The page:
Rebeca Rodriguez receives Analytical Chemistry Fellowship
Rebeca "Becky" Rodriguez has been awarded a 2020-21 American Chemical Society Division of Analytical Chemistry Fellowship sponsored by Eli Lilly and Company. This competitive fellowship encourages basic research in the field of analytical chemistry, promotes the growth of analytical chemistry in academic institutions and industry, and provides recognition of future leaders in the field of analytical chemistry..
Becky's research is at the interface of analytical, polymer, and materials chemistry. She is working to create inexpensive sensors for biological target detection. Using a polymer affinity agent, which is less specific than traditional affinity agents, provides the potential for multiplex detection, the ability to detect more than one target simultaneously.
She is currently working on multiplex detection of ochratoxin A and deoxynivalenol, two mycotoxins (toxins derived by fungi) that contaminate food and are deadly to humans. By pairing this work with a sensitive technique like surface-enhanced Raman spectroscopy (SERS), an attractive analytical technique due to its high enhancement factors and its ability to assign specific vibrational modes to certain molecules at very low concentrations, it is possible to monitor binding occurring between the affinity agent and two small molecules. SERS spectra provides “fingerprints” for the targets and when paired with computational modeling, helps confirm hypotheses on binding and target/polymer interaction.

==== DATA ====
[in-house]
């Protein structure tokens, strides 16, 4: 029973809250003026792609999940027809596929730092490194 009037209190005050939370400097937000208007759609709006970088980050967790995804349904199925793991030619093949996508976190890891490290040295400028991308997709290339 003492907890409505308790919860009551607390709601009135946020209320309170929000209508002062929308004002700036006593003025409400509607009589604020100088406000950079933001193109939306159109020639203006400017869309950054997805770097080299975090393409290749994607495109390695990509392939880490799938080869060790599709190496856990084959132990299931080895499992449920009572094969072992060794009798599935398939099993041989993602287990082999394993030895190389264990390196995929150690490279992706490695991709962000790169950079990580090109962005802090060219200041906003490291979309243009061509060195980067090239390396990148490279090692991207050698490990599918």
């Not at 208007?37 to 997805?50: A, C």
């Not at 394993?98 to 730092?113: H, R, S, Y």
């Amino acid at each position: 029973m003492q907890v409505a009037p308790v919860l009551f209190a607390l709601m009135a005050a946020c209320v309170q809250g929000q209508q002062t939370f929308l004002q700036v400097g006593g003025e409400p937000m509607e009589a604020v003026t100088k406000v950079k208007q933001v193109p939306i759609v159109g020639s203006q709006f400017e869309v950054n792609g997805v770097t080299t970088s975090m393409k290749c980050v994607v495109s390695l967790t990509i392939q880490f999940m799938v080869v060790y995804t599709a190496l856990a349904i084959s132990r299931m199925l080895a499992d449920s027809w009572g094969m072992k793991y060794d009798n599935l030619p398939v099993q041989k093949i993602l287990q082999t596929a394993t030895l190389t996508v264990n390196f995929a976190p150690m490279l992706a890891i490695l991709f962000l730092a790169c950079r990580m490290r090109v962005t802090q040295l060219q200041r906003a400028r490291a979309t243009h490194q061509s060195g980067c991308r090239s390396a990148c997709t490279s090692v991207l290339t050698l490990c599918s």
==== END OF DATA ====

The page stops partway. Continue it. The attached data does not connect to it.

Becky's research shows that by using density function theory modeling, it is possible to attribute changes in vibrational spectra to particular interactions between the target and polymer by monitoring computational vibrations in real time. This work demonstrates that optimization of SERS sensing to achieve limits of detection is comparable to current detection methods. However, it provides a simpler and more flexible signal transduction mechanism, opening opportunities for future applications in complex matrices where these toxins are traditionally found.